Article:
Nie-fiksie / Non-fiction: Politiek & Geskiedenis / History & Politics
Nie-fiksie / Non-fiction - Politiek & Geskiedenis / History & Politics
R 203Jy spaar R 22
This year it will be 50 years ago that District Six was declared a whites only area and this publication commemorates this event in our history.
This revised edition (in a smaller format) of this beautiful book shows poignant images from Breytenbach's collection of District Six during the 1970s before the area was dramatically demolished by the apartheid government. It is an historical record about the inhabitants and their surroundings of that time and was compiled over a period of five years.
The Cape Town area known as District Six (so called for its geographic position on the municipal map of the city) developed into a dense residential area close to the centre of Cape Town during the second part of the nineteenth century.
Home to a diverse community with a wide range of historical origins, neglect on the part of landlords and local authorities led to the area becoming rundown. The government repeatedly directed requests to the city council and the landlords - most of whom were white and not residing in the area - to upgrade what was fast becoming a slum on the doorstep of one of the most beautiful cities in the world. On 11 February 1966, the government declared District Six a white area under the Group Areas Act, and the wholesale removal of the inhabitants was started - mainly to areas away from the city. This process took fifteen years and some 60 000 people were removed.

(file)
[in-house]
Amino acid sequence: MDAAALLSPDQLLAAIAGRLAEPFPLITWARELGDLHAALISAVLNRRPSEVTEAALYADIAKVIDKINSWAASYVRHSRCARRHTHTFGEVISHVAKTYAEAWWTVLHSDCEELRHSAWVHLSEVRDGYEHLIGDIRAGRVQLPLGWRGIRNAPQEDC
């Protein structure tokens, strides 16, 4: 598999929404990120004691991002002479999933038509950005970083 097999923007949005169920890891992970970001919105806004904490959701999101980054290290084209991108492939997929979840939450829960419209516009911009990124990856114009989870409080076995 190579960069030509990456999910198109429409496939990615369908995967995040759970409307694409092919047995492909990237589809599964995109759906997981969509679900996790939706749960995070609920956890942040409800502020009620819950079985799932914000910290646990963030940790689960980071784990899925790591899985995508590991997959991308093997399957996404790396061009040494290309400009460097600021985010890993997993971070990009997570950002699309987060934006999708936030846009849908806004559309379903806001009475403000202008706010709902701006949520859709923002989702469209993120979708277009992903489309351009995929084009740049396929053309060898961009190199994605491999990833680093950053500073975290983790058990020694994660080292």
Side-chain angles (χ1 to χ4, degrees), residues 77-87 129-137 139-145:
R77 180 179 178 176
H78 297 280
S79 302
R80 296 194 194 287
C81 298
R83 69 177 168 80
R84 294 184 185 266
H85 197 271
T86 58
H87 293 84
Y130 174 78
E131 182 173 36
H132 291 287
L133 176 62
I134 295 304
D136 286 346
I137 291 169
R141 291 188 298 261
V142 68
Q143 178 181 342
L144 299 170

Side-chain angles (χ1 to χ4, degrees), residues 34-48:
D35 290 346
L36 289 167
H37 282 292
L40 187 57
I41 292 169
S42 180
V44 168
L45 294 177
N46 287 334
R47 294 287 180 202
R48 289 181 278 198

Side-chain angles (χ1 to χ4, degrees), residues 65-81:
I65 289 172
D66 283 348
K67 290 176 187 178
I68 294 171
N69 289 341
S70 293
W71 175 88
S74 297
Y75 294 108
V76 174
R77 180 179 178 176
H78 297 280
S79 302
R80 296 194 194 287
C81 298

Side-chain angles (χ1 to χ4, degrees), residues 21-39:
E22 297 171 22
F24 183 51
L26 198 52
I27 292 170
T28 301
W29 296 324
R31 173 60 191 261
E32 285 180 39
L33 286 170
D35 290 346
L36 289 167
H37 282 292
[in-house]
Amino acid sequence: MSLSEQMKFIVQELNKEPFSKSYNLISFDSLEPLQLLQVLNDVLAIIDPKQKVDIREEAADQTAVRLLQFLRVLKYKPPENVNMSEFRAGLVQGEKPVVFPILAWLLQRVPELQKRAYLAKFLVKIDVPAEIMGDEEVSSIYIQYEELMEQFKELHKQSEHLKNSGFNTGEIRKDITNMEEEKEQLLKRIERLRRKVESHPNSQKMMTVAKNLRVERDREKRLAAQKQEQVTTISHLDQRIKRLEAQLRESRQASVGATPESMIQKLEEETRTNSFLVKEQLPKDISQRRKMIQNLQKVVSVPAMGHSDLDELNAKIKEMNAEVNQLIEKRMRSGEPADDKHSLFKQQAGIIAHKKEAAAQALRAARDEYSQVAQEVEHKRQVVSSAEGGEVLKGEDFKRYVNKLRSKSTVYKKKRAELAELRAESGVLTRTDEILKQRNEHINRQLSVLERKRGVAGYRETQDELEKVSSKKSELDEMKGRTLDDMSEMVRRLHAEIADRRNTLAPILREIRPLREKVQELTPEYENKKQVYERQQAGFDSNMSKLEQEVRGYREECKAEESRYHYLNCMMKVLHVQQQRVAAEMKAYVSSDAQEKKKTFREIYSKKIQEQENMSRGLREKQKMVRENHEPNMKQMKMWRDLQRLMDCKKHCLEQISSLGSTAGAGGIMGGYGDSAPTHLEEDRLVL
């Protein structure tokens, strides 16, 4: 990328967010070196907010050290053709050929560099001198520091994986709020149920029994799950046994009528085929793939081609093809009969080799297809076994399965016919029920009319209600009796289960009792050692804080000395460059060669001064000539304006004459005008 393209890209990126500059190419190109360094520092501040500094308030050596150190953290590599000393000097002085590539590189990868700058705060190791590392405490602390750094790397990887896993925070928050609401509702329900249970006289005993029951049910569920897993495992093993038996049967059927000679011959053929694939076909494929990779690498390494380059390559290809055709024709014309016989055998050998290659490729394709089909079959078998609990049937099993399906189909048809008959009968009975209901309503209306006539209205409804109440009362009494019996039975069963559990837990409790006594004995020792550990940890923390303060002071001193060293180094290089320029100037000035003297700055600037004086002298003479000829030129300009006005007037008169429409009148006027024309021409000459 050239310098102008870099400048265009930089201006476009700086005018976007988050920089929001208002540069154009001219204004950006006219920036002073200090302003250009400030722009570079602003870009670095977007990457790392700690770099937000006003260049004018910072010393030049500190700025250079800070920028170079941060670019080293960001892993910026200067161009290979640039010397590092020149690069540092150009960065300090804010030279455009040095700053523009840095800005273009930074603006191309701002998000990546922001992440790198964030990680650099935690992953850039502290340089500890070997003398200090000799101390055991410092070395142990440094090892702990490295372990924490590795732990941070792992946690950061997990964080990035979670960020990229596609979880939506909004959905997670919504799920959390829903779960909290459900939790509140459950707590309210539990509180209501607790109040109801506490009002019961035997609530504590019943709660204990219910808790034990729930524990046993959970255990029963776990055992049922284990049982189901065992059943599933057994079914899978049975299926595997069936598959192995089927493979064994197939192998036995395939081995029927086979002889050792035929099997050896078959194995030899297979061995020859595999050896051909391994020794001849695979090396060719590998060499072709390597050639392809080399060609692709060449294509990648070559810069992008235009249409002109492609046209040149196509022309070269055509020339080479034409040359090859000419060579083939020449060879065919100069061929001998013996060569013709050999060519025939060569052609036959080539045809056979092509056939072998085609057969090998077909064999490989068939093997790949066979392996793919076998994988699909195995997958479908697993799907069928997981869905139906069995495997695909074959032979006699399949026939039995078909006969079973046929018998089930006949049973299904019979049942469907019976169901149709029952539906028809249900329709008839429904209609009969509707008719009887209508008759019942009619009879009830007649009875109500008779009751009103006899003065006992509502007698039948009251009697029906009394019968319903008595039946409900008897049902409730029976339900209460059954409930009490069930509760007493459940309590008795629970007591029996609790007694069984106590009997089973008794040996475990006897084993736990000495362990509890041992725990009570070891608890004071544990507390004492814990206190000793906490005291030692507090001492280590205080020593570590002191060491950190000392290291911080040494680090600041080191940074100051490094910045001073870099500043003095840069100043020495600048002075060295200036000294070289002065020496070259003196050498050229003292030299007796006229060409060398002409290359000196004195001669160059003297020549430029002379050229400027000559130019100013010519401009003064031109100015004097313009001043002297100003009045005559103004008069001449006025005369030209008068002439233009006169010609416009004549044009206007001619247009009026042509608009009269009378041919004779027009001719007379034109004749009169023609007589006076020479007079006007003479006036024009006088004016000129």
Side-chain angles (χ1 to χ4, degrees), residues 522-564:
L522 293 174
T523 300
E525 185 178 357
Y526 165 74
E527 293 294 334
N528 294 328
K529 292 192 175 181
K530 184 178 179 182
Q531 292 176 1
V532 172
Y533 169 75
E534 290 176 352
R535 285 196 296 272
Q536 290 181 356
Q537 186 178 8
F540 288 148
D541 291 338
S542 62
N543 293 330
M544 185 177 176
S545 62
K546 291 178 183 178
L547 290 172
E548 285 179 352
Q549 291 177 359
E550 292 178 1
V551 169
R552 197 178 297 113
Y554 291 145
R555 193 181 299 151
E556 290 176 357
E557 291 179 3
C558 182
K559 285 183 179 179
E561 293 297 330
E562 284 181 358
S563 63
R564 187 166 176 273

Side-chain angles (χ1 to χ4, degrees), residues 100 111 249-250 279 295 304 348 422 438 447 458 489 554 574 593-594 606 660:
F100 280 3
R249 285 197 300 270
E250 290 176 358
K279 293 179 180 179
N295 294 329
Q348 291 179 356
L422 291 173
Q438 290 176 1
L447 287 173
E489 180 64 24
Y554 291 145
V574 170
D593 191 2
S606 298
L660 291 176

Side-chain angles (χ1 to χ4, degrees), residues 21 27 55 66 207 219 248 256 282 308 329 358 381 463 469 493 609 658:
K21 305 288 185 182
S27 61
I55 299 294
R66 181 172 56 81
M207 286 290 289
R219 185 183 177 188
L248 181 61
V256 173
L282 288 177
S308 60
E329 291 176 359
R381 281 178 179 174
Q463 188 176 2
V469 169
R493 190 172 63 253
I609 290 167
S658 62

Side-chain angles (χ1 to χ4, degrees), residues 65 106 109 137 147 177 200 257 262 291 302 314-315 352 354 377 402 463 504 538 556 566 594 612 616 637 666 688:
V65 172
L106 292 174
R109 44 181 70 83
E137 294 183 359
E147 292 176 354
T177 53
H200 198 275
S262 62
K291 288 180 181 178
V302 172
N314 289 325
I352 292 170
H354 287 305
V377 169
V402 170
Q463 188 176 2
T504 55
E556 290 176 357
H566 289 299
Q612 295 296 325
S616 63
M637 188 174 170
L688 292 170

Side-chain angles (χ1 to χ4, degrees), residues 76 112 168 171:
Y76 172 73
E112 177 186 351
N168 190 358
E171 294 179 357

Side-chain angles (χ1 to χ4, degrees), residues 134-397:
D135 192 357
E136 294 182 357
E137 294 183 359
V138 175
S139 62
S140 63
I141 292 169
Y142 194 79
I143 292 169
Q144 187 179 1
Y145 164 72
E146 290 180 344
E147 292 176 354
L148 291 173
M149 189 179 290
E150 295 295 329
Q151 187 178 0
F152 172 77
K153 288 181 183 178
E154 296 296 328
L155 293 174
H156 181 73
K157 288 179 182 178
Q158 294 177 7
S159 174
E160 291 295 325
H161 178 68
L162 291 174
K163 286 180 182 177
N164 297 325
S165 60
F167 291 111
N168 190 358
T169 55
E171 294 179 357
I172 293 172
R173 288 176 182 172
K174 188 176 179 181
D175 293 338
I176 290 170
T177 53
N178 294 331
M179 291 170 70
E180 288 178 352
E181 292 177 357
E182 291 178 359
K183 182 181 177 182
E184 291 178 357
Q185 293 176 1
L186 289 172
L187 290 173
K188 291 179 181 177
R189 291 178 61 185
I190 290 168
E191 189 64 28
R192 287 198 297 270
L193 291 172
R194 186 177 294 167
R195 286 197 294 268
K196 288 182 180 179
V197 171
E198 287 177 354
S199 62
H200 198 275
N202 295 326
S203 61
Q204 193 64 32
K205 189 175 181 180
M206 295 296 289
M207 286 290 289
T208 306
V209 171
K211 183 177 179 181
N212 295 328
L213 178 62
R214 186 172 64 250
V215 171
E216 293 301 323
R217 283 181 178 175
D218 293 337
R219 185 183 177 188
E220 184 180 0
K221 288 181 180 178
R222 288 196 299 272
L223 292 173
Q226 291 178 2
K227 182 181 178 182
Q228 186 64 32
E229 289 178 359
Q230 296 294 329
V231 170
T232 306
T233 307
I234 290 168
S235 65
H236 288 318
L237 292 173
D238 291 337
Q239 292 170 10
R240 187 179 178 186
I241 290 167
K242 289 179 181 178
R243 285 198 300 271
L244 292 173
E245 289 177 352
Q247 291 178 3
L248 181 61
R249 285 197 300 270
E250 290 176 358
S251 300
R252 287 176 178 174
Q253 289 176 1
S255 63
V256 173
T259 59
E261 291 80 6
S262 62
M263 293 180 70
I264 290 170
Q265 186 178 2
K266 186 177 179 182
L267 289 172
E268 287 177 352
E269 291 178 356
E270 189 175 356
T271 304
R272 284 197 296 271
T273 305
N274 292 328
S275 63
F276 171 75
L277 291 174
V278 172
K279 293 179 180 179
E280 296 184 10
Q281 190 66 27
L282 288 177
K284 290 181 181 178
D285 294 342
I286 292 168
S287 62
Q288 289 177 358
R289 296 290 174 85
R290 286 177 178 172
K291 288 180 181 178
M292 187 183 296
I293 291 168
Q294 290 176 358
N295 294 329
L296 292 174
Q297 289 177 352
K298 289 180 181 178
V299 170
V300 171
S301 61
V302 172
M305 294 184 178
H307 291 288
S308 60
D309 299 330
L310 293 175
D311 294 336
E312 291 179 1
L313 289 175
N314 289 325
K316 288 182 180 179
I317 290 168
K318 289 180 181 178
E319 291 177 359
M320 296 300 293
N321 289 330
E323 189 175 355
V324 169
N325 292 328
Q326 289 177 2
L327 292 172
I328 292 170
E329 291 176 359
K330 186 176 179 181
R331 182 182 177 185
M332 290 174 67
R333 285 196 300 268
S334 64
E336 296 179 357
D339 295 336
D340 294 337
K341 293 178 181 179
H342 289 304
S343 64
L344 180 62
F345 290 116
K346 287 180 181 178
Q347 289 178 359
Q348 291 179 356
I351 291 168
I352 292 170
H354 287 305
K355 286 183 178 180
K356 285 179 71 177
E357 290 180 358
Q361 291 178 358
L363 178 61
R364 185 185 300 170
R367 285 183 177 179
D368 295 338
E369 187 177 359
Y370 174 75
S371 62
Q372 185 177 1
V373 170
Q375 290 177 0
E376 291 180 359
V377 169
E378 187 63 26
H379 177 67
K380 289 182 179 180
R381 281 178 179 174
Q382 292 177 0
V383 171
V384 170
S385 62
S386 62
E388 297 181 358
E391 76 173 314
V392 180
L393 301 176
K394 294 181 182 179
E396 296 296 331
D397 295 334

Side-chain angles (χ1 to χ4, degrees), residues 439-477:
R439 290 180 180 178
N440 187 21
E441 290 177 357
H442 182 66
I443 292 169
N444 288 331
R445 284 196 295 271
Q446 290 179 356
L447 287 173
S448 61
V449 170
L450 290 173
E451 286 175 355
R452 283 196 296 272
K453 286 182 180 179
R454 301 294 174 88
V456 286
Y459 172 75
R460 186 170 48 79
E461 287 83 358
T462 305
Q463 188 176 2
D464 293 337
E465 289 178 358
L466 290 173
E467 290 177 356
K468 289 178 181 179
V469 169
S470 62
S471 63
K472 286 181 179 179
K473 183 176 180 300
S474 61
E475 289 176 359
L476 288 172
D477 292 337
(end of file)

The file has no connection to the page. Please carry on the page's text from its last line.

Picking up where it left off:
ABOUT THE AUTHOR
Cloete Breytenbach embarked on his photographic career in Cape Town in 1951 on the Afrikaans-language daily Die Burger. For the better part of the next ten years, he worked as a news photographer on various South African publications before leaving for London (The Daily Express) and Europe (on assignment for news magazines including Paris Match and Bunte). On his return to South Africa, he established a photo agency with fellow photographers to supply both local and international publications with images covering major events from the African continent and the world. These photo stories included the ground-breaking first heart transplant for Life in 1967 and conflict coverage from across Africa, including Angola, Rhodesia (Zimbabwe), Mozambique, Congo and South Africa.
Cloete has held photographic exhibitions in South Africa, the USA, Europe and Japan, and a collection of his images of Albert Luthuli are held in the Guggenheim Museum in New York.